5 million viewers tuned in for the debut this autumn of Sarah Palin’s Alaska,the former state governor’s manipulative excess in ‘reality’ television. Millions also follow her Tweets and Facebook posts; and her two books are selling like hot-cakes.
Once a joke of the self-admiring North American liberal class, the undeclared Sarah Palin is easily among the favourites for the Republican presidential nomination in 2012. Her uncanny ability to reach mass audiences, even her use of language…”lamestream media”…”refudiate”… may make liberal elites titter, but has her growing crowd saying, ‘You tell ‘em, Sarah!’
But let’s leave world headquarters in Washington behind us for a moment. Go north young woman…not all the way to Alaska, but to Alberta. In that province, Danielle Smith of the Wildrose Alliance was holding a comfortable lead over the government of Ed Stelmach in polls taken earlier this year. Ms. Smith, a former journalist and climate change skeptic, champions more rapid development of Alberta’s oil sands. Significantly to the right of Alberta Conservatives, Ms. Smith could well be the next provincial premier.
November’s Republican sweep of America’s lower house illustrated many things. Obviously ‘folks’ were angry with President Obama. His inability to reduce unemployment; his unpopular, hugely bureaucratic approach to “universal” health care; and his fawning approach to Wall Street interests and automobile manufacturers are among the factors that both infuriated his opponents and alienated his base.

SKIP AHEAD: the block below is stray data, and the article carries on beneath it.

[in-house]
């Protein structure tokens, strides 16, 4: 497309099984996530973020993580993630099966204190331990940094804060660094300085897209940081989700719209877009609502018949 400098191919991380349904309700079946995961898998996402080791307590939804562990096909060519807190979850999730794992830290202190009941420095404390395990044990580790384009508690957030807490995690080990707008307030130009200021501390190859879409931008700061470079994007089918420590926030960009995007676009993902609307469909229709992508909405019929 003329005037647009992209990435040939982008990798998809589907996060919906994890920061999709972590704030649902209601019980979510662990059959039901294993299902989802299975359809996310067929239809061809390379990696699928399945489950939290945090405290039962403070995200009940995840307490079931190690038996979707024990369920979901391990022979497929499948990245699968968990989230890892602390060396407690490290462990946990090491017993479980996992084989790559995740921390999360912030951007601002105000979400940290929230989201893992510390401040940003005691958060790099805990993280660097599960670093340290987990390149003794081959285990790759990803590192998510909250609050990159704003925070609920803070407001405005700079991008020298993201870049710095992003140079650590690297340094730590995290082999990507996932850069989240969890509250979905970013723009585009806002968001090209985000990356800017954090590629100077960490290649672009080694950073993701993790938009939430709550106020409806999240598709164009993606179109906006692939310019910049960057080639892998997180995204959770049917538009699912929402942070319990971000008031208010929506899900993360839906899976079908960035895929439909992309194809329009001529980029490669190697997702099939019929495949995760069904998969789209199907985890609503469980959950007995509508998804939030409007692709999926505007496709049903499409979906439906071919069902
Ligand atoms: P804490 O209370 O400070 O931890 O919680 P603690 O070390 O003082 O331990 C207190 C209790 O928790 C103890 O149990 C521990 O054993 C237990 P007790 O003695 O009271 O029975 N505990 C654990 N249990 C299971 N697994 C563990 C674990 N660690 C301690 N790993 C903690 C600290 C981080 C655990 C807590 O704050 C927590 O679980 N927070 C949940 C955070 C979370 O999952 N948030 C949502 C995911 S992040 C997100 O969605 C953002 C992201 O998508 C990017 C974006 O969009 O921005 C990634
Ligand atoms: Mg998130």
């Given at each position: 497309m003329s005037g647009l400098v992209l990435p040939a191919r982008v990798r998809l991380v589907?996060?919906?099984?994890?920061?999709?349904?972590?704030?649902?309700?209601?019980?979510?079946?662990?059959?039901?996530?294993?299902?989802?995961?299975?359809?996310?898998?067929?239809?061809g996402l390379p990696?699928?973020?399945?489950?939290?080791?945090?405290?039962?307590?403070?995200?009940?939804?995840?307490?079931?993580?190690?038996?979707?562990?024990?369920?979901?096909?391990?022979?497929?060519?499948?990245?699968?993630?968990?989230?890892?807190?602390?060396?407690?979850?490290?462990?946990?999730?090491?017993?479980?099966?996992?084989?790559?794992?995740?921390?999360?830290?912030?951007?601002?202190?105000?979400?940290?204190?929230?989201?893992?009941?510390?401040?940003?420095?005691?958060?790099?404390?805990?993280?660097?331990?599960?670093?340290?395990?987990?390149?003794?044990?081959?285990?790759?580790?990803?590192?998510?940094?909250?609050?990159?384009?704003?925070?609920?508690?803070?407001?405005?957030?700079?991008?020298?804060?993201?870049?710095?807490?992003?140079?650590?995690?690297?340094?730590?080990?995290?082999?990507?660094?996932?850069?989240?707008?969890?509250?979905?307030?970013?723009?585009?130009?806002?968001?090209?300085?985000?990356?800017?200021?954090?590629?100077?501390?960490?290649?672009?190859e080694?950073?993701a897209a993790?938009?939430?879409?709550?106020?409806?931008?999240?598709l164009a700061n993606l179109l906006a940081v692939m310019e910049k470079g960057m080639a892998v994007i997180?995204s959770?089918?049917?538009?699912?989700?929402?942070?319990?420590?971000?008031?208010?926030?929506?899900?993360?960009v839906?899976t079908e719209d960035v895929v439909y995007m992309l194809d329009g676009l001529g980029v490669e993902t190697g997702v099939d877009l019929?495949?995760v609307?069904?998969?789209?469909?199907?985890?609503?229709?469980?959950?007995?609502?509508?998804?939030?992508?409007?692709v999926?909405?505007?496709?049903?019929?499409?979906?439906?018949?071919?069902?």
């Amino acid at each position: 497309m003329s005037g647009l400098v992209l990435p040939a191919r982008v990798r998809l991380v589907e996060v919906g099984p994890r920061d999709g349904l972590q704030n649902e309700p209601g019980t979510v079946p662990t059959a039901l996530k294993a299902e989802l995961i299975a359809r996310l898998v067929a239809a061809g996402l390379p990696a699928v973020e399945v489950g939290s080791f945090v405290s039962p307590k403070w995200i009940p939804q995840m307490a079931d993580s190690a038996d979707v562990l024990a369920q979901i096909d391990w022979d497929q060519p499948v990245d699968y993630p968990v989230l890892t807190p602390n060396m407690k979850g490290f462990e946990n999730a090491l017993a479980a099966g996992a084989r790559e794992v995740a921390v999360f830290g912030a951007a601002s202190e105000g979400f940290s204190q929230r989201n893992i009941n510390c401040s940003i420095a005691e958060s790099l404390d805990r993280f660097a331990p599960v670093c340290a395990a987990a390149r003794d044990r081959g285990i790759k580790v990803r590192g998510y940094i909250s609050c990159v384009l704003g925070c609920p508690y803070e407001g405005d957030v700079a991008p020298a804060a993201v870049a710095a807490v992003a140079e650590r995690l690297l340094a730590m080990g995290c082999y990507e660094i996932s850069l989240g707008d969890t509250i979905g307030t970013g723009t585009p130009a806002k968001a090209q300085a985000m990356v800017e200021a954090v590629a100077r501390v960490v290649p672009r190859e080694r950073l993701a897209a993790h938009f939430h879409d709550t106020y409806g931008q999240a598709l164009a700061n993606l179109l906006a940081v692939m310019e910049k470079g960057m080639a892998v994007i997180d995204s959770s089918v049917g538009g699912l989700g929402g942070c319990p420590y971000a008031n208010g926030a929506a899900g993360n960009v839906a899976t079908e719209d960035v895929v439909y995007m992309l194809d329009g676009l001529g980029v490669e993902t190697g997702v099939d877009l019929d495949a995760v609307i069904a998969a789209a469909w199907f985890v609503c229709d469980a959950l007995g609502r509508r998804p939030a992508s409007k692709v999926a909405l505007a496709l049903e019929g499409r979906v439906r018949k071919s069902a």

What’s less well documented are the crucial roles that politicized women of the right have played in the opposition to Obama. Sarah Palin is simply the prototype for a newer brand of female politician that is surging throughout the United States and influencing Canadian politics.
Nikki Haley, governor-elect of South Carolina and Jan Brewer, who signed a shameful immigration bill as Governor of Arizona, are but two of the right-wing politicians who embrace the Tea Party’s program of radical change to American politics.
Of course, the role model for all these women is Palin.
What do these female politicians share? They manage to extract the individualism and empowerment of earlier feminist movements while eschewing the social democratic components. They often represent faith…usually evangelical Christianity. They revel in poking a finger in the eye of older, more liberal, male dominated elites. They are often physically vigorous, active, attractive women with children.
Palin’s TV show works like a series of parables in which the heroine displays her pluck and shares lessons about life and America. See Sarah shoot a gun…see Sarah overcome her fears to rock climb up the side of a mountain…see Sarah at the gym for a workoout at dawn…see Sarah and her beautiful family fly down a wild river in a raft. It’s raw, iconic, America as frontier, stuff. She wears her patriotism on her sleeve.
Sarah Palin, Danielle Smith and their ilk are no joke. Their mastery of twenty-first century media and the simple populism that they proclaim has a receptive audience. It is likely they will have transformational appeal in the years ahead.